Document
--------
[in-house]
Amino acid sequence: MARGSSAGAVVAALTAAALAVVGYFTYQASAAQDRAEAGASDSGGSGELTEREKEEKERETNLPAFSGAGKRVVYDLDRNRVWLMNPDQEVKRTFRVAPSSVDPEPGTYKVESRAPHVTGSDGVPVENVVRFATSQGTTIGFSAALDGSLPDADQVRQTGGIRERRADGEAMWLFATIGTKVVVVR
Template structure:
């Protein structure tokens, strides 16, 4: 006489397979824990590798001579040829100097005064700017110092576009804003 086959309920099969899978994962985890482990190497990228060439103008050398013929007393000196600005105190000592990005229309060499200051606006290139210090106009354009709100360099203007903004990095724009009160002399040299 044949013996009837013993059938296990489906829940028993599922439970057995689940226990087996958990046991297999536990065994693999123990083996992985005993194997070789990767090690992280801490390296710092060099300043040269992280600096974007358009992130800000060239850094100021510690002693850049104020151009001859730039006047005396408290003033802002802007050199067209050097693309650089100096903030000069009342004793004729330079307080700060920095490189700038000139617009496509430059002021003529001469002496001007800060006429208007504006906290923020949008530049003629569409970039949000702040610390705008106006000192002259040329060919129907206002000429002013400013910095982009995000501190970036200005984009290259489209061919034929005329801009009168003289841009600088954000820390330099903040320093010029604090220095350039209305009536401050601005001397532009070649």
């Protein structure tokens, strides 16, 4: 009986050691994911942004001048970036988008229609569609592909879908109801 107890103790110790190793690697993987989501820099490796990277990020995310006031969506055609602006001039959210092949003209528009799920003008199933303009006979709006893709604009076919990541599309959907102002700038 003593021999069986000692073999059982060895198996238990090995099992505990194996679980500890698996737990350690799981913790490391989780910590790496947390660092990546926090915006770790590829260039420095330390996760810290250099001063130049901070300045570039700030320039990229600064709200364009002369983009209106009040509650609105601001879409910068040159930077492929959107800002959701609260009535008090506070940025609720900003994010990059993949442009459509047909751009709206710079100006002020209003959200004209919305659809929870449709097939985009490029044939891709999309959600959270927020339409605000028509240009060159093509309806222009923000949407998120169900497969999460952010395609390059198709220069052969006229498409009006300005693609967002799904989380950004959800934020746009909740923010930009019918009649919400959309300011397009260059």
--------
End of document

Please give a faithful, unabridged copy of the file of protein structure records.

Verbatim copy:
[in-house]
Amino acid sequence: MARGSSAGAVVAALTAAALAVVGYFTYQASAAQDRAEAGASDSGGSGELTEREKEEKERETNLPAFSGAGKRVVYDLDRNRVWLMNPDQEVKRTFRVAPSSVDPEPGTYKVESRAPHVTGSDGVPVENVVRFATSQGTTIGFSAALDGSLPDADQVRQTGGIRERRADGEAMWLFATIGTKVVVVR
Template structure:
């Protein structure tokens, strides 16, 4: 006489397979824990590798001579040829100097005064700017110092576009804003 086959309920099969899978994962985890482990190497990228060439103008050398013929007393000196600005105190000592990005229309060499200051606006290139210090106009354009709100360099203007903004990095724009009160002399040299 044949013996009837013993059938296990489906829940028993599922439970057995689940226990087996958990046991297999536990065994693999123990083996992985005993194997070789990767090690992280801490390296710092060099300043040269992280600096974007358009992130800000060239850094100021510690002693850049104020151009001859730039006047005396408290003033802002802007050199067209050097693309650089100096903030000069009342004793004729330079307080700060920095490189700038000139617009496509430059002021003529001469002496001007800060006429208007504006906290923020949008530049003629569409970039949000702040610390705008106006000192002259040329060919129907206002000429002013400013910095982009995000501190970036200005984009290259489209061919034929005329801009009168003289841009600088954000820390330099903040320093010029604090220095350039209305009536401050601005001397532009070649």
């Protein structure tokens, strides 16, 4: 009986050691994911942004001048970036988008229609569609592909879908109801 107890103790110790190793690697993987989501820099490796990277990020995310006031969506055609602006001039959210092949003209528009799920003008199933303009006979709006893709604009076919990541599309959907102002700038 003593021999069986000692073999059982060895198996238990090995099992505990194996679980500890698996737990350690799981913790490391989780910590790496947390660092990546926090915006770790590829260039420095330390996760810290250099001063130049901070300045570039700030320039990229600064709200364009002369983009209106009040509650609105601001879409910068040159930077492929959107800002959701609260009535008090506070940025609720900003994010990059993949442009459509047909751009709206710079100006002020209003959200004209919305659809929870449709097939985009490029044939891709999309959600959270927020339409605000028509240009060159093509309806222009923000949407998120169900497969999460952010395609390059198709220069052969006229498409009006300005693609967002799904989380950004959800934020746009909740923010930009019918009649919400959309300011397009260059």